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Hearing Loss: AARP Members Worried About Spouses

ASHA Poll at AARP's Convention Highlights Need to Promote Communication Health Services to Consumers 50+

Rockville, MD - November 09, 2010 - Fifty-three percent of respondents believe that they or their spouse has a hearing loss, yet only a quarter have consulted an audiologist, according to a poll fielded by the American Speech-Language-Hearing Association (ASHA) at the 2010 AARP Life@50+ Convention.

AARP Hearing AidsThese findings, combined with the respondents' lack of familiarity about the professions of audiology and speech-language pathology, suggest the need to reach out to this population about identification, prevention, and treatment of speech, language, or hearing disorders.

The poll was completed by 484 AARP attendees who stopped by the ASHA exhibit during the September 30–October 2, 2010, AARP National Convention in Orlando, Florida. The ASHA booth was staffed by local Orlando member audiologist Anne Hains Peters, CCC-A, and Ann-Marie Pierotti, CCC-SLP, a speech-language pathologist at ASHA's National Office.

The poll not only explored the hearing ability of the AARP respondents, but also probed the attendees' views about what they value most from a health care provider, level of familiarity with audiologists and speech-language pathologists, and the most effective way to communicate about communication health.

AARP members' responses to the poll also revealed:

  • The vast majority—91%—indicated that they did not own a hearing aid.
  • Accuracy in diagnosis and treatment was the attribute most valued in a health care priority by the majority (74%) of respondents.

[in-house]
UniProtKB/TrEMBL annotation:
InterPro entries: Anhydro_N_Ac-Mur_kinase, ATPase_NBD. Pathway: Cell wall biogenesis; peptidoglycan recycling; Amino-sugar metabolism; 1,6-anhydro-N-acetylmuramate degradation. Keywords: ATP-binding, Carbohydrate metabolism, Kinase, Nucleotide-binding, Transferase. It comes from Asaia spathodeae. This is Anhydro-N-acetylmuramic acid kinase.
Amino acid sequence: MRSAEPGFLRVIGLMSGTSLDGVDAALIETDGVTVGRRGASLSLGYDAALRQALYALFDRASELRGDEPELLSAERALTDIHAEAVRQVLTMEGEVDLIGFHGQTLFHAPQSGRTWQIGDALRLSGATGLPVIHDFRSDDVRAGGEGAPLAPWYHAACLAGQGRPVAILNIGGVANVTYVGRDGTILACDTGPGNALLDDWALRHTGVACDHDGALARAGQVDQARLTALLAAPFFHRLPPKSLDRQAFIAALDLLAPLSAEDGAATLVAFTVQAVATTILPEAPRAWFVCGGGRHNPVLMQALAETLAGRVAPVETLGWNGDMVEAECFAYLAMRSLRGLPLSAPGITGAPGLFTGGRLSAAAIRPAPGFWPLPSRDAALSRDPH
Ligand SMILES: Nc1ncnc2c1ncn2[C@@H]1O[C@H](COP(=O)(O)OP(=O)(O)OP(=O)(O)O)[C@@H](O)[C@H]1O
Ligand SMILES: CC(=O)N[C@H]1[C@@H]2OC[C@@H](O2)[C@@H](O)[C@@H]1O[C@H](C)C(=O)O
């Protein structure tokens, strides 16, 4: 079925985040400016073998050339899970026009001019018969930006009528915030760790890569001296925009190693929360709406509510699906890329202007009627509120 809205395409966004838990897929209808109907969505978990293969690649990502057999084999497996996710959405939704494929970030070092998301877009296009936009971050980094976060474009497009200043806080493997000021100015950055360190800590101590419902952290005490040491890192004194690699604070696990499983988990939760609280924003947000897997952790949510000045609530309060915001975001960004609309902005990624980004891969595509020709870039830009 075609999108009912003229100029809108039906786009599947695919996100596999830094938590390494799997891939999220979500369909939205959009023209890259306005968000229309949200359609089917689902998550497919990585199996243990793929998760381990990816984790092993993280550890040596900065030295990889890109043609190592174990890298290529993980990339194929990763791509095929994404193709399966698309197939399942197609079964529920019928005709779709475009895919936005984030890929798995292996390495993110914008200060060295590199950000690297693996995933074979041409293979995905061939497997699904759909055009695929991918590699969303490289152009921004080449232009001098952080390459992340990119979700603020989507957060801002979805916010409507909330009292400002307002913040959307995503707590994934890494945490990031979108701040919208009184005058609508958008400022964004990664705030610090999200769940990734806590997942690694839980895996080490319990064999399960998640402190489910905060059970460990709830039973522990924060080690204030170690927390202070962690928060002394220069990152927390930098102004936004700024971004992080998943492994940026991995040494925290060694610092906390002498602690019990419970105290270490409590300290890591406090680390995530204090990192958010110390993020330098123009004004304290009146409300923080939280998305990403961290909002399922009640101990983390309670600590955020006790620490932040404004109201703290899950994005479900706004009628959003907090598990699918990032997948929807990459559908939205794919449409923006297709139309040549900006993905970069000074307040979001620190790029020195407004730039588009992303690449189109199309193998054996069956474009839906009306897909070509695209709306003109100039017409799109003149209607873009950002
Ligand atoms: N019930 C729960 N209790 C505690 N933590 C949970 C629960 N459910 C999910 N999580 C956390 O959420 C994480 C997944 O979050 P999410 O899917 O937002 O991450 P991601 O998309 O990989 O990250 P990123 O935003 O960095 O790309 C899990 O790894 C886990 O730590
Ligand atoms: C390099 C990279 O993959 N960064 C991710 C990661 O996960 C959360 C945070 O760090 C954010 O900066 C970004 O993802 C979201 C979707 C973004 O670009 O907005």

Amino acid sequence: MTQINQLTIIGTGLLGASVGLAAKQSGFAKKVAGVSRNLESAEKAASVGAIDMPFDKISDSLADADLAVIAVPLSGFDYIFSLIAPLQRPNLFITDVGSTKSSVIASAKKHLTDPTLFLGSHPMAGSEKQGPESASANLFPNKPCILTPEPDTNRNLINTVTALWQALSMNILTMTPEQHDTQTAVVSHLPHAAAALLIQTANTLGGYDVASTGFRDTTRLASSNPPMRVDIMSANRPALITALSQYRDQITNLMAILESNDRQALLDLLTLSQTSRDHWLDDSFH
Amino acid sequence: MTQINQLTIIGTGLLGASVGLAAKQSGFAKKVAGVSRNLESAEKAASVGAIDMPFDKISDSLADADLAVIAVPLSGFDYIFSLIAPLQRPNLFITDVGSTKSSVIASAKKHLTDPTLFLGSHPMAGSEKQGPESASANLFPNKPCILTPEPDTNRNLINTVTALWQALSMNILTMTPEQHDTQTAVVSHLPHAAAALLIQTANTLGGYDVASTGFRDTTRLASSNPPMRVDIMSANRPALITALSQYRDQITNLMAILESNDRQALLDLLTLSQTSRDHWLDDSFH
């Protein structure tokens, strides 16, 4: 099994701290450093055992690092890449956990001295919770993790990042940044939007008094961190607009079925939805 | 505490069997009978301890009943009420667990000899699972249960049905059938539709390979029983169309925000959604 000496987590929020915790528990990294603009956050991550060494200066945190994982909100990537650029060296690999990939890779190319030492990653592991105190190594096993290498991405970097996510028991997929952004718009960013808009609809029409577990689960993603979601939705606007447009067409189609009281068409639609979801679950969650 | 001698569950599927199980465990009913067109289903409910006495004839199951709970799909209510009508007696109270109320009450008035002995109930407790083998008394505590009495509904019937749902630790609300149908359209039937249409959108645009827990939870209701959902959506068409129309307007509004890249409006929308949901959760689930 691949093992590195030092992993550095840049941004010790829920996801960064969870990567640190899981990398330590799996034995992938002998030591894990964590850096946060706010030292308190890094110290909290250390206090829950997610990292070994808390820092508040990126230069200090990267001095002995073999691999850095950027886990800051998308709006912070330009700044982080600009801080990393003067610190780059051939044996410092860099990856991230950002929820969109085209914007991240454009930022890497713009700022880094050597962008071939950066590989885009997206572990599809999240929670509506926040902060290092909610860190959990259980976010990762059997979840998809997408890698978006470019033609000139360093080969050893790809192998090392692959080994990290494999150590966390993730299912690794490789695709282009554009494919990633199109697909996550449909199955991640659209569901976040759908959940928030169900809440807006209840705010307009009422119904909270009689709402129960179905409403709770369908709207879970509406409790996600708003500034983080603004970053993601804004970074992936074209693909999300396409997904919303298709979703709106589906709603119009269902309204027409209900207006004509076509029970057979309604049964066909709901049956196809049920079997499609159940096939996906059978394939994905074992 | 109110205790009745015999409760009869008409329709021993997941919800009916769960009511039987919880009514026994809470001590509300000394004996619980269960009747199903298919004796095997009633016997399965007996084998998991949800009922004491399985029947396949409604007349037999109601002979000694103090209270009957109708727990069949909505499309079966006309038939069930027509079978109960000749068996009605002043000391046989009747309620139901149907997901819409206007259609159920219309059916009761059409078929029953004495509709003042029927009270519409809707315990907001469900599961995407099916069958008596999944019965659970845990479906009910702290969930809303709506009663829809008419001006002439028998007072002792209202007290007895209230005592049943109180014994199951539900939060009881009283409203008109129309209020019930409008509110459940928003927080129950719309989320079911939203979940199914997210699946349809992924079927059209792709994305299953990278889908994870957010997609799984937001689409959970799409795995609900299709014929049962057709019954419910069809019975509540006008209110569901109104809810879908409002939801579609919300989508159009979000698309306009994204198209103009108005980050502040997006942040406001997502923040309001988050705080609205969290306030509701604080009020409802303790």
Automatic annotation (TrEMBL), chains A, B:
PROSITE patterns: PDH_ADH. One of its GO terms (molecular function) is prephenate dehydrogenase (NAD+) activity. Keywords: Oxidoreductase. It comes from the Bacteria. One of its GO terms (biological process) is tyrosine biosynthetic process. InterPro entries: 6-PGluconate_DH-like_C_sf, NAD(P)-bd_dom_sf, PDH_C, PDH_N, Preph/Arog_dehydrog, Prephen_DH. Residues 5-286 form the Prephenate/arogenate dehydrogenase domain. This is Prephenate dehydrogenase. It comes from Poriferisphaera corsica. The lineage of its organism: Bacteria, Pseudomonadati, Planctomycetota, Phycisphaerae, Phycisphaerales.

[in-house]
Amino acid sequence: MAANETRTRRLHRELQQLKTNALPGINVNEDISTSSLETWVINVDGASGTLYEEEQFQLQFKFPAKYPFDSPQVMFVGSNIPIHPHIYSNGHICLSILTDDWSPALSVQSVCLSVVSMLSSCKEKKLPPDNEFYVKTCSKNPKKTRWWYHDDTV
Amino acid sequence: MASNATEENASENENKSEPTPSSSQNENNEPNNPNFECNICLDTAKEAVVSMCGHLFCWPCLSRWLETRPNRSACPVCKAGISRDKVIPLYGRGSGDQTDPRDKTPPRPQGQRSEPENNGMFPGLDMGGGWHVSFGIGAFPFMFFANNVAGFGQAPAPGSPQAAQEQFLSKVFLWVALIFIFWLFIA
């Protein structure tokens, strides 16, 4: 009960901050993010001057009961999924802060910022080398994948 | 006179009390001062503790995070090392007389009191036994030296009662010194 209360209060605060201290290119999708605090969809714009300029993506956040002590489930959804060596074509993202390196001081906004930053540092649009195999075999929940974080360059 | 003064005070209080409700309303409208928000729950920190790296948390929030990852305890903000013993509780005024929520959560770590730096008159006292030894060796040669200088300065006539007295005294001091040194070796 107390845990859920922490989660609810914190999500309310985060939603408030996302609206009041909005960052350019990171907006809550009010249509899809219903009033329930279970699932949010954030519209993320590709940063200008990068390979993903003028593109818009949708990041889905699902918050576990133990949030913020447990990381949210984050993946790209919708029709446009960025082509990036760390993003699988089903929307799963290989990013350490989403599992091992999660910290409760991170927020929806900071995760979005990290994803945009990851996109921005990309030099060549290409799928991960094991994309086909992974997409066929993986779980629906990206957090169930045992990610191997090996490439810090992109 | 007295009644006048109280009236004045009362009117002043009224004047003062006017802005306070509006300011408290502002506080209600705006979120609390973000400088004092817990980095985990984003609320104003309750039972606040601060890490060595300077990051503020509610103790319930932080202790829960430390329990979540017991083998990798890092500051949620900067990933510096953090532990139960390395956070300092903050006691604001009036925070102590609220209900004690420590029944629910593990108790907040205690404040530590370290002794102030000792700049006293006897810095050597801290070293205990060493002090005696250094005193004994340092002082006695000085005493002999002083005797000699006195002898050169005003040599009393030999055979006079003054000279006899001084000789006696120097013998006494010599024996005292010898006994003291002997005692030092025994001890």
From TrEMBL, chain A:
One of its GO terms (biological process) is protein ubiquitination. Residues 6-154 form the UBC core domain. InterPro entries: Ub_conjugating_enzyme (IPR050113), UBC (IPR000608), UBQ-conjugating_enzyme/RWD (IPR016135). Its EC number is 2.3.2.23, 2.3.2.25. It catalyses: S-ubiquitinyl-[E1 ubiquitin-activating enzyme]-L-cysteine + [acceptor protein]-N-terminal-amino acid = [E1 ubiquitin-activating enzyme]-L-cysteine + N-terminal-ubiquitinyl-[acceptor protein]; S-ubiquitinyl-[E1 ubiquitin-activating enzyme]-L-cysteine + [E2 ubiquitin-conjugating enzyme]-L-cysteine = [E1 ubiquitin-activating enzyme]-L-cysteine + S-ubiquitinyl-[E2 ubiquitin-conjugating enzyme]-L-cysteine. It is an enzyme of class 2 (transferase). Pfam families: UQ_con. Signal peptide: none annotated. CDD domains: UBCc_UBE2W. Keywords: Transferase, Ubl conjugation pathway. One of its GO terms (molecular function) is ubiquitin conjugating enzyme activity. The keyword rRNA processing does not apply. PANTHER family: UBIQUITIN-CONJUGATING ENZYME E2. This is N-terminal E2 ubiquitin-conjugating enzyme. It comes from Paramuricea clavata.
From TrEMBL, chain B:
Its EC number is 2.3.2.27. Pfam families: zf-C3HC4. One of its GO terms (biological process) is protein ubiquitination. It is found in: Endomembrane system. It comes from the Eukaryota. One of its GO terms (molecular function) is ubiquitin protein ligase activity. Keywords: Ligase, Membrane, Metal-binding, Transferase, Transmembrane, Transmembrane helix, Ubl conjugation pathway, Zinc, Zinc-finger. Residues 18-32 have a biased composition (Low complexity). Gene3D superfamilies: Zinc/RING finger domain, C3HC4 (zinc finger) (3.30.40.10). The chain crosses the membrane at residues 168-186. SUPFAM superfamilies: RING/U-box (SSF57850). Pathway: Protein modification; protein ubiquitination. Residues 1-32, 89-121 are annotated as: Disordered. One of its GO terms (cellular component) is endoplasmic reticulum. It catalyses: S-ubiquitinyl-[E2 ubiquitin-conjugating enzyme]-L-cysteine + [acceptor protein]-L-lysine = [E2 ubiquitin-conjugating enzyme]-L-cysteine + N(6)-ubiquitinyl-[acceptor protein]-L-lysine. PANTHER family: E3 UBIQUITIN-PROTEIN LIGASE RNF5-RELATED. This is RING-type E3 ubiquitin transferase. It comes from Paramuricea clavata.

• Only about a third of respondents reported seeing an audiologist in the past few years; 6% reported seeing a speech-language pathologist.
  • Again, about a third (35%) of respondents reported no familiarity with audiologists and 43% indicated no familiarity with speech-language pathologists.
  • Thirty-nine percent of respondents reported direct mail was the best way to communicate to them about hearing health.
  • Maintaining a continued on-site presence and marketing campaigns (commercials, brochures, etc.) were among the suggestions offered on how ASHA could raise consumer awareness of the professions at future AARP conventions.

"ASHA hopes our members find the results of this poll useful to their efforts to promote their services to the public," ASHA President Tommie L. Robinson Jr., PhD, CCC-SLP, says. "ASHA welcomes the opportunity to promote them at AARP's Convention as well as the chance to work with AARP in other ways that highlight how our members' expertise can serve the communication health of AARP members."

The complete report is available by contacting pr@asha.org.

About the American Speech-Language-Hearing Association

ASHA is the national professional, scientific, and credentialing association for more than 140,000 audiologists, speech-language pathologists, and speech, language, and hearing scientists. Audiologists specialize in preventing and assessing hearing and balance disorders as well as providing audiologic treatment including hearing aids. Speech-language pathologists identify, assess, and treat speech and language problems including swallowing disorders.

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